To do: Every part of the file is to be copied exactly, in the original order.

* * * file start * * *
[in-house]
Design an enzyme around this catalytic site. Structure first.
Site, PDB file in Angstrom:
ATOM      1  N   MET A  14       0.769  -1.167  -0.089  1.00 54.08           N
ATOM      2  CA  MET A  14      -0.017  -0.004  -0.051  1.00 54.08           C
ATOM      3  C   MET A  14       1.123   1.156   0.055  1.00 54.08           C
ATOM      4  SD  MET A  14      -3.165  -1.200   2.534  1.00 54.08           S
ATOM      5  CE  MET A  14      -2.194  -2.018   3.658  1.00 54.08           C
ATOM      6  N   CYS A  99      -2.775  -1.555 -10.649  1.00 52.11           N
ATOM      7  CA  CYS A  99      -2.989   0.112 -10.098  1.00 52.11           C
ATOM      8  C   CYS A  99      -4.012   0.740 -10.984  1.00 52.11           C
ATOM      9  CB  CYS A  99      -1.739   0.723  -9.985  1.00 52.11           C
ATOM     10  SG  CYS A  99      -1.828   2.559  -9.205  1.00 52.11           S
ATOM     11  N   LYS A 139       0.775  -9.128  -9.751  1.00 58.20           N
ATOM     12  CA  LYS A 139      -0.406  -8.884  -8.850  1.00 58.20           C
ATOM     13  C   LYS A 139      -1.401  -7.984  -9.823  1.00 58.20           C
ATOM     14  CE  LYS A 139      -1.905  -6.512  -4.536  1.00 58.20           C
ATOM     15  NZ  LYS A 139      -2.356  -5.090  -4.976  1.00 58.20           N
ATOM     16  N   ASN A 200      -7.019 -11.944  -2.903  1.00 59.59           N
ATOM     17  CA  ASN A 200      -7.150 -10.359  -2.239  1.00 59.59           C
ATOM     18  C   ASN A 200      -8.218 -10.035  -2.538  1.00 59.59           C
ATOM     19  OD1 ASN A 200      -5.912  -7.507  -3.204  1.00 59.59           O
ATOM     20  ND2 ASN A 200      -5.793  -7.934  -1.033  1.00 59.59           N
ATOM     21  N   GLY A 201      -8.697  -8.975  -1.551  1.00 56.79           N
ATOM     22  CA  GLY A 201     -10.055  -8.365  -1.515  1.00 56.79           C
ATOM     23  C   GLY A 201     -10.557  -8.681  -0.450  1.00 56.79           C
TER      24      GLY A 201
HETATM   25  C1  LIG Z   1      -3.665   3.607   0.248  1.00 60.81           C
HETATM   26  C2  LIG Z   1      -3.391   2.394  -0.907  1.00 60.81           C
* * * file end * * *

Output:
[in-house]
Design an enzyme around this catalytic site. Structure first.
Site, PDB file in Angstrom:
ATOM      1  N   MET A  14       0.769  -1.167  -0.089  1.00 54.08           N
ATOM      2  CA  MET A  14      -0.017  -0.004  -0.051  1.00 54.08           C
ATOM      3  C   MET A  14       1.123   1.156   0.055  1.00 54.08           C
ATOM      4  SD  MET A  14      -3.165  -1.200   2.534  1.00 54.08           S
ATOM      5  CE  MET A  14      -2.194  -2.018   3.658  1.00 54.08           C
ATOM      6  N   CYS A  99      -2.775  -1.555 -10.649  1.00 52.11           N
ATOM      7  CA  CYS A  99      -2.989   0.112 -10.098  1.00 52.11           C
ATOM      8  C   CYS A  99      -4.012   0.740 -10.984  1.00 52.11           C
ATOM      9  CB  CYS A  99      -1.739   0.723  -9.985  1.00 52.11           C
ATOM     10  SG  CYS A  99      -1.828   2.559  -9.205  1.00 52.11           S
ATOM     11  N   LYS A 139       0.775  -9.128  -9.751  1.00 58.20           N
ATOM     12  CA  LYS A 139      -0.406  -8.884  -8.850  1.00 58.20           C
ATOM     13  C   LYS A 139      -1.401  -7.984  -9.823  1.00 58.20           C
ATOM     14  CE  LYS A 139      -1.905  -6.512  -4.536  1.00 58.20           C
ATOM     15  NZ  LYS A 139      -2.356  -5.090  -4.976  1.00 58.20           N
ATOM     16  N   ASN A 200      -7.019 -11.944  -2.903  1.00 59.59           N
ATOM     17  CA  ASN A 200      -7.150 -10.359  -2.239  1.00 59.59           C
ATOM     18  C   ASN A 200      -8.218 -10.035  -2.538  1.00 59.59           C
ATOM     19  OD1 ASN A 200      -5.912  -7.507  -3.204  1.00 59.59           O
ATOM     20  ND2 ASN A 200      -5.793  -7.934  -1.033  1.00 59.59           N
ATOM     21  N   GLY A 201      -8.697  -8.975  -1.551  1.00 56.79           N
ATOM     22  CA  GLY A 201     -10.055  -8.365  -1.515  1.00 56.79           C
ATOM     23  C   GLY A 201     -10.557  -8.681  -0.450  1.00 56.79           C
TER      24      GLY A 201
HETATM   25  C1  LIG Z   1      -3.665   3.607   0.248  1.00 60.81           C
HETATM   26  C2  LIG Z   1      -3.391   2.394  -0.907  1.00 60.81           C